Monthly Archives: July 2007

Harry Potter and the Satisfying Ending

I can’t claim to have re-read the whole Harry Potter series before reading the final volume, Harry Potter and the Deathly Hallows, but I enjoyed the final book anyway.

One thing that I’ve appreciated in Rowling’s work is the premise that Harry’s specialness is primarily due to contingent external factors, and these are combined with intrinsic traits that could be part of anyone’s personality. Essentially, Rowling dispensed with almost all the usual mythological framework of inherited position, the sort of thing that was painfully essential to C.S. Lewis’s Narnia stories. It is part of what makes Harry accessible to all sorts of readers: it is non-exclusionary in a way that much of the fantasy literature cannot claim. In this regard, Rowling’s description in Harry Potter and the Order of the Phoenix of the choice by Voldemort in pursuing Harry rather than Neville Longbottom is a repudiation of the usual way in which prophecies get handled in fantasy.

So if you are one of the few people left who read the rest but haven’t yet picked up a copy of the new book, I think that you are going to like it. I think that the scriptwriters will have an excellent base for the movie adaptation, too, so I’m now looking forward to the final movie in the series, which I think is slated to open sometime in 2010.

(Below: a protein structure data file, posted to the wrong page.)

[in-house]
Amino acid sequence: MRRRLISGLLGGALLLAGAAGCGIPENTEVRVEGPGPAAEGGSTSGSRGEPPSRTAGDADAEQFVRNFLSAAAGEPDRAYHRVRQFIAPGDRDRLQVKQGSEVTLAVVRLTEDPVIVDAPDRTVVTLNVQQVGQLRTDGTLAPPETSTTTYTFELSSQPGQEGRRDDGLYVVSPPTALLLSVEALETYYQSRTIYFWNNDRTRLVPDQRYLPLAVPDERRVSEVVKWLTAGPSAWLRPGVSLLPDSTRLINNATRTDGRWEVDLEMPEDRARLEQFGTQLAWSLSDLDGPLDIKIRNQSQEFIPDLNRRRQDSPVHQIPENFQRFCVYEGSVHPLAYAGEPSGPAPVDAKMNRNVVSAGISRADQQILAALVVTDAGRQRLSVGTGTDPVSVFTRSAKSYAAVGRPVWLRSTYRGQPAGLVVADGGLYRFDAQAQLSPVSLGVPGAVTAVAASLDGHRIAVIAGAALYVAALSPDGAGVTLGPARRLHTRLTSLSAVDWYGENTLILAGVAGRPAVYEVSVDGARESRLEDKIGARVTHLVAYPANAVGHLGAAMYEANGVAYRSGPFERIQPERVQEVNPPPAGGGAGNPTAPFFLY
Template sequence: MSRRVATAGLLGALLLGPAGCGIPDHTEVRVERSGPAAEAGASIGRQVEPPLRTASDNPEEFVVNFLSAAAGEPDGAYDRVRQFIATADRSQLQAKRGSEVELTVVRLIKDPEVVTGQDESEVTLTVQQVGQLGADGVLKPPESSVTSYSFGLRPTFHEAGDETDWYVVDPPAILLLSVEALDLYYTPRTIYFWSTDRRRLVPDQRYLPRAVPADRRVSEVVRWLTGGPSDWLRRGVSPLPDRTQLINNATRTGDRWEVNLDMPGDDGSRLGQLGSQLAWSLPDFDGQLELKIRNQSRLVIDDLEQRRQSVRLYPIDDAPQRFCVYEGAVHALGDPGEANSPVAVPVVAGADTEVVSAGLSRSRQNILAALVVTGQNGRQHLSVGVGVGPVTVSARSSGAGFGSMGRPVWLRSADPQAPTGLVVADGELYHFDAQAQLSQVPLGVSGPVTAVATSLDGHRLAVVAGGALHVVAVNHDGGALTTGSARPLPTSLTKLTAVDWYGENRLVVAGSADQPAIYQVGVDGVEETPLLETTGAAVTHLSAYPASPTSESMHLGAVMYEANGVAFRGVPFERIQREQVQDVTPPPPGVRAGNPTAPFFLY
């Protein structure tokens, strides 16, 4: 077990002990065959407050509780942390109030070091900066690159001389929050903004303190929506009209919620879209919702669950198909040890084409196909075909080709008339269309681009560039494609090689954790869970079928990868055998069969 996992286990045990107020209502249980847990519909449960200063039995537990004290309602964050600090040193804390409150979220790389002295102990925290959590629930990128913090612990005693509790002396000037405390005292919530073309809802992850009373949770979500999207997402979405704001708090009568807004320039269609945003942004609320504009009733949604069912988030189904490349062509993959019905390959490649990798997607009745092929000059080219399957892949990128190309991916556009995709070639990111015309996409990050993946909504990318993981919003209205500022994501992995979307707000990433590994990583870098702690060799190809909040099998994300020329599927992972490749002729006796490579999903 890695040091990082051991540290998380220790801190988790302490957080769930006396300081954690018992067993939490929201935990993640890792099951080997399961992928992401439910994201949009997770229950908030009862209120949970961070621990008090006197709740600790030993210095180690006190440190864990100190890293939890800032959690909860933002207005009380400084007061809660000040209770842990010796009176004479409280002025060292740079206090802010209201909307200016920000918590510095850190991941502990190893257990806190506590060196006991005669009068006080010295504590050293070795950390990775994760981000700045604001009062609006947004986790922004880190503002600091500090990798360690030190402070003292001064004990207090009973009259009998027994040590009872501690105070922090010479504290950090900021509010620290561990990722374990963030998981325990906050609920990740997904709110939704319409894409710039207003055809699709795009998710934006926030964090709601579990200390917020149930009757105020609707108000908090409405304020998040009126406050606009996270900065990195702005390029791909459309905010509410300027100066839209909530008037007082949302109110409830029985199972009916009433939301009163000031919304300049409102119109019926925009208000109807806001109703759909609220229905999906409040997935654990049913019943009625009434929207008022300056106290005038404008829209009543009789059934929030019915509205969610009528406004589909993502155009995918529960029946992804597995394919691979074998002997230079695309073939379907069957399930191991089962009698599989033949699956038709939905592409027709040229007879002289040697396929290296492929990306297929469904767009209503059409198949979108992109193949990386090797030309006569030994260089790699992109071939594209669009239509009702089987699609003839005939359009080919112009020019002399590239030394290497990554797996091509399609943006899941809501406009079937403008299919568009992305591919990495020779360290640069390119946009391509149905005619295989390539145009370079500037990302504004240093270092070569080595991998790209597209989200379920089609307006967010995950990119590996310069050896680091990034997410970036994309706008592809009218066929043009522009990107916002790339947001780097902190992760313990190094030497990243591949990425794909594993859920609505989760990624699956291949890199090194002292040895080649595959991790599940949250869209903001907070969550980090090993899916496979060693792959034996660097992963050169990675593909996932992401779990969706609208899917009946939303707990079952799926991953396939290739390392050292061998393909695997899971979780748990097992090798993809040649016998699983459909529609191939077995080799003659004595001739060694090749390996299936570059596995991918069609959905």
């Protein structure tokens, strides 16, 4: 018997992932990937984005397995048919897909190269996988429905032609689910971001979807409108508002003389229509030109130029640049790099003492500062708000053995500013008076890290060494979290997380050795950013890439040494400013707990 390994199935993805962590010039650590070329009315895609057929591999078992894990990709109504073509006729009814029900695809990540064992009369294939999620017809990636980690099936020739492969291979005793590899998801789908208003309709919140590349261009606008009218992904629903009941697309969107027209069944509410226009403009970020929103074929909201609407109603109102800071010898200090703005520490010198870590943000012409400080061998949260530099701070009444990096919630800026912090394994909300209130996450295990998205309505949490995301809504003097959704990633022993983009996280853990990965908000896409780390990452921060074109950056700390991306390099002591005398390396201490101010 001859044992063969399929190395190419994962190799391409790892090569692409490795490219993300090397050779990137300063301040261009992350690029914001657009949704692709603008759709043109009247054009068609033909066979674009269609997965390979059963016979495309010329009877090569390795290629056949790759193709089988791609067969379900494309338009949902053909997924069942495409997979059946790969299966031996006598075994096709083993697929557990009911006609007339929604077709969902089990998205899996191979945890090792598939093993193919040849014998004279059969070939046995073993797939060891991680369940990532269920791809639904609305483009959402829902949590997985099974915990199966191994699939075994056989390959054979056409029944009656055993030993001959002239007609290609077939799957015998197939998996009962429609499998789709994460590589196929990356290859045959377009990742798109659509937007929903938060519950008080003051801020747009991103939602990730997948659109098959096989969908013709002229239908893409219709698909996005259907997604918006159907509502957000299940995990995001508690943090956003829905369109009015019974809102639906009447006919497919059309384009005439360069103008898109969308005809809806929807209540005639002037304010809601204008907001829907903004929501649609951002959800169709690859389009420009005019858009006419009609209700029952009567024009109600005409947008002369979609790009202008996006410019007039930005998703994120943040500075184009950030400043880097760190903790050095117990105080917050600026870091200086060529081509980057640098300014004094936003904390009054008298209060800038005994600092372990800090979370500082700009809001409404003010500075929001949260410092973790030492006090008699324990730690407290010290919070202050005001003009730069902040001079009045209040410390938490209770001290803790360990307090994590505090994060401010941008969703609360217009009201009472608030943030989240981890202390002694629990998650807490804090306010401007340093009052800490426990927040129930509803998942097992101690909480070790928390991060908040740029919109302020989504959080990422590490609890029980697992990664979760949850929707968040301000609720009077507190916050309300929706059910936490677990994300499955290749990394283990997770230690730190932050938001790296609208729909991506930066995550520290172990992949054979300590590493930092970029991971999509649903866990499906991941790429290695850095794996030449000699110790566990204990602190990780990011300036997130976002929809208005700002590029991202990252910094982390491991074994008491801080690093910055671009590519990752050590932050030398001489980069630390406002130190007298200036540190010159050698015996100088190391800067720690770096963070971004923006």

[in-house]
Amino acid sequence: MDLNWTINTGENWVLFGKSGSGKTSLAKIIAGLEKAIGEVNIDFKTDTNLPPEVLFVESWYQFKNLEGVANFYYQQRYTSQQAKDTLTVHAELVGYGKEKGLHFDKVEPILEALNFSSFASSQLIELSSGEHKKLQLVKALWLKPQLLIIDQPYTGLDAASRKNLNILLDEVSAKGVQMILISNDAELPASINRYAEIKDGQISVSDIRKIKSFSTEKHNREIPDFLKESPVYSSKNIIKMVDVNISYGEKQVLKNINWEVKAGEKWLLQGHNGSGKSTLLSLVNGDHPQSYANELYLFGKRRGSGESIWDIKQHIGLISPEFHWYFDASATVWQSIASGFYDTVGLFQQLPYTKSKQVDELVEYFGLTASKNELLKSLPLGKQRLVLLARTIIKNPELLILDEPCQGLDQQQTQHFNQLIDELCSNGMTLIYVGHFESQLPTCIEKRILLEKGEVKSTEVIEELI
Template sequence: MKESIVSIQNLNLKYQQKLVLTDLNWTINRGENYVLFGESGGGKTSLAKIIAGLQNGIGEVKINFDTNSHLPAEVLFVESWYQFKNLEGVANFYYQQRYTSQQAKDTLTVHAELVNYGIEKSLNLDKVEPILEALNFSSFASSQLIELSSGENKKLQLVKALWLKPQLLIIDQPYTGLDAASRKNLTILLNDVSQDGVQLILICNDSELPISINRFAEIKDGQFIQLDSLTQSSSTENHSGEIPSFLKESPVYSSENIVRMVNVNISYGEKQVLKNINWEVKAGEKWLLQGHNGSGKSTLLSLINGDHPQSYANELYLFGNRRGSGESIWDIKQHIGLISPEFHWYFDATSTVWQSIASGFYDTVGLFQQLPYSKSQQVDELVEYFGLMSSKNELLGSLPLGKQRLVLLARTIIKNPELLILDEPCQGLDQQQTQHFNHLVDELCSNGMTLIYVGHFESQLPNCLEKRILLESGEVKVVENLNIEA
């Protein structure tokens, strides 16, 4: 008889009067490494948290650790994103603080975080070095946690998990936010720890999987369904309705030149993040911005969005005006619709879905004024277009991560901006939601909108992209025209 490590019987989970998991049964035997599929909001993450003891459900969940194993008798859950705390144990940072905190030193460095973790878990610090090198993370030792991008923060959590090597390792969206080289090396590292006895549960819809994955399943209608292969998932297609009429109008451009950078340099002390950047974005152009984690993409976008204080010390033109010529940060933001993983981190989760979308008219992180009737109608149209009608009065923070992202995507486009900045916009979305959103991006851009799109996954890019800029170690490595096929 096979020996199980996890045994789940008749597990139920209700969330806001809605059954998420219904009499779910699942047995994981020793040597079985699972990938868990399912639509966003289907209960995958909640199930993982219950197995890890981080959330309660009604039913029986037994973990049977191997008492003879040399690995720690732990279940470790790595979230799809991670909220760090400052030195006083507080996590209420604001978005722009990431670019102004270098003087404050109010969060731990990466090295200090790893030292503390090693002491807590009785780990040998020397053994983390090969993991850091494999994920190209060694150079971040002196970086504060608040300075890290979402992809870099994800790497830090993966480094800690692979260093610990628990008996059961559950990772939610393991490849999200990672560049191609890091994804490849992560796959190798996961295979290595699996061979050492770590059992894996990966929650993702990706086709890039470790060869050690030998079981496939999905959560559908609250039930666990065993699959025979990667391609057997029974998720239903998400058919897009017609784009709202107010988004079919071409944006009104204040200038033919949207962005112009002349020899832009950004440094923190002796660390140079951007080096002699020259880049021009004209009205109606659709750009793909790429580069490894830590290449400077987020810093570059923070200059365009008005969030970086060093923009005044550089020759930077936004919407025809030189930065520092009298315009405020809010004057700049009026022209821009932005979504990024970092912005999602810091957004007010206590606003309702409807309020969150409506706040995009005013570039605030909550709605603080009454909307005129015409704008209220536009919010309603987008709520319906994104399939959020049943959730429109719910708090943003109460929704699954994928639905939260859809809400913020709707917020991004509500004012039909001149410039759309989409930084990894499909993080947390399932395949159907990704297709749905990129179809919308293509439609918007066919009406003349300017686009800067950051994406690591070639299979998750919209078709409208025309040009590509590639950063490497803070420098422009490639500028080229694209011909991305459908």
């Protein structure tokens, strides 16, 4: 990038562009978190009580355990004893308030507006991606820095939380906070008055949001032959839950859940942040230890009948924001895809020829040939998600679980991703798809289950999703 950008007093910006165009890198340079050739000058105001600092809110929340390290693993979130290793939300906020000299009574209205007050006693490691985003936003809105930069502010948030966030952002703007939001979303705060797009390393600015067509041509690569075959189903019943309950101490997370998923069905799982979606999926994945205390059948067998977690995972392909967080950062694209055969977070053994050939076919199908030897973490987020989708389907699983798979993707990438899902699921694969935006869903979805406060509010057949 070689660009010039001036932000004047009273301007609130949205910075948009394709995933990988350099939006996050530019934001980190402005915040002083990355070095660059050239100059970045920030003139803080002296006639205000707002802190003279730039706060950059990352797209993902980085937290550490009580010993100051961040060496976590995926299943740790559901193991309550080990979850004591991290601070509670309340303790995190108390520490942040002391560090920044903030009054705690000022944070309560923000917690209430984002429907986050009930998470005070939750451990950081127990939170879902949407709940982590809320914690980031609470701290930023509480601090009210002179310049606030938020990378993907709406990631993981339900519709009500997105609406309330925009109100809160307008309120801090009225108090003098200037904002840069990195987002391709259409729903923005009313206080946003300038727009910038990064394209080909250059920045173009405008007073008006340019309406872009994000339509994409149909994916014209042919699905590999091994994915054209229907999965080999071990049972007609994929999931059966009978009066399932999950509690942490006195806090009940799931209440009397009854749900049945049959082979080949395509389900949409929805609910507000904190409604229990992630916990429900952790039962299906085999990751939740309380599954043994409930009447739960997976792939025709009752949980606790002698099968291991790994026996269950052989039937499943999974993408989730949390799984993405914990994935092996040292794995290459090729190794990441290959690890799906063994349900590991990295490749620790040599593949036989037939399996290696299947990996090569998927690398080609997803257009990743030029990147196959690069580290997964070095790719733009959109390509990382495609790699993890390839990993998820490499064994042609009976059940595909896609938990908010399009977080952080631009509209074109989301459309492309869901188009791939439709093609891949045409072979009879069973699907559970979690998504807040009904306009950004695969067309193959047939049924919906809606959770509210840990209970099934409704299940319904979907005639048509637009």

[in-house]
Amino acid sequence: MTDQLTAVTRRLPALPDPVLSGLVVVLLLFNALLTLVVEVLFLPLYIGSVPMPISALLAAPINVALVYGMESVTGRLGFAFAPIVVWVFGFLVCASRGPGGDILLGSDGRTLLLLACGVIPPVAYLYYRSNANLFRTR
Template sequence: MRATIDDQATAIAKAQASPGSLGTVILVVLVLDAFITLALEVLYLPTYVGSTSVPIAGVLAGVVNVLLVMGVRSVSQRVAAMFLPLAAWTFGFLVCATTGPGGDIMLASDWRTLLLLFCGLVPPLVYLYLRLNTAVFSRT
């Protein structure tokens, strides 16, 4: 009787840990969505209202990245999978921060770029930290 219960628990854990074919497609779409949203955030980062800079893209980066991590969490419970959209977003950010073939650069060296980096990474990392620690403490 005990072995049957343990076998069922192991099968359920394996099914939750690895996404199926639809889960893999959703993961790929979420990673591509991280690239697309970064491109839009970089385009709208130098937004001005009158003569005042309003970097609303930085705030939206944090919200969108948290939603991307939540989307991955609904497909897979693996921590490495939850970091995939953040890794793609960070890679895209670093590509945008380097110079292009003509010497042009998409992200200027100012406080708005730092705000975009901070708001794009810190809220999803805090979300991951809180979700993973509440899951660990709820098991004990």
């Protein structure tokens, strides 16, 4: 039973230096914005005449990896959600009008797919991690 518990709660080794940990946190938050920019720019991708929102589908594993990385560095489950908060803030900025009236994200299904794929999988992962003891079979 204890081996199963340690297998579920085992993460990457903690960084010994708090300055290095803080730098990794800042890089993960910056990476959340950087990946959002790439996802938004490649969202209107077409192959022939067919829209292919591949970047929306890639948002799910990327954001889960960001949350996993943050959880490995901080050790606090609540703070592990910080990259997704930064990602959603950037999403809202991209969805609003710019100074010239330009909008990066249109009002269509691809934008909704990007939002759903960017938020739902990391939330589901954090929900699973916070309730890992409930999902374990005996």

AiG and Cheerleaders

AiG recently bragged about the 100,000th visitor to their “Creation Museum”:

Less than two months after opening its doors to the public, the Creation Museum hosted its 100,000th guest this past weekend—a milestone not expected for months to come and a sign, museum officials say, of the continuing popularity of the critically acclaimed high-tech facility.

Mike Burleson adds this bit of commentary:

Apparently, all the negative publicity from Evolutionists has had the opposite effect, and is helping to drum up business!

As of June 24th, AiG was talking about how they might top their target of 250,000 visitors annually, extrapolating from the attendance data to that point to say they might get 549,000 visitors in the first year. 100,000 is slightly more people than one gets by dividing out AiG’s prediction for the year by the time the museum has been opened.

There is, of course, no data to support the causal conjecture made by Burleson, continuing a long tradition of unfounded antievolution speculation.

Rudy Raff Reviews

Rudy Raff has a pair of book reviews, for Edward Humes’ “Monkey Girl” and the Laurie Godfrey and Andrew J. Petto anthology, “Scientists Confront Intelligent Design and Creationism”.

Rudolf A. Raff (2007)
Intelligent design judged and found wanting: A review of Monkey Girl, by Edward Humes, and Scientists Confront Intelligent Design and Creationism, edited by Andrew J. Petto and Laurie R. Godfrey

Evolution & Development 9 (4), 402^V404. doi:10.1111/j.1525-142X.2007.00177.x

I get a mention…

Wesley Elsberry analyzes the highly publicized but highly bogus “explanatory filter,” which is claimed to allow design to be discovered in nature. This filter is, along with irreducible complexity, one of the two supposed intellectual foundations of a new science of ID.

And, of the two, the one that is claimed to be most basic. Dembski has asserted that Behe’s irreducible complexity is a subset of Dembski’s specified complexity.

What’s That Part?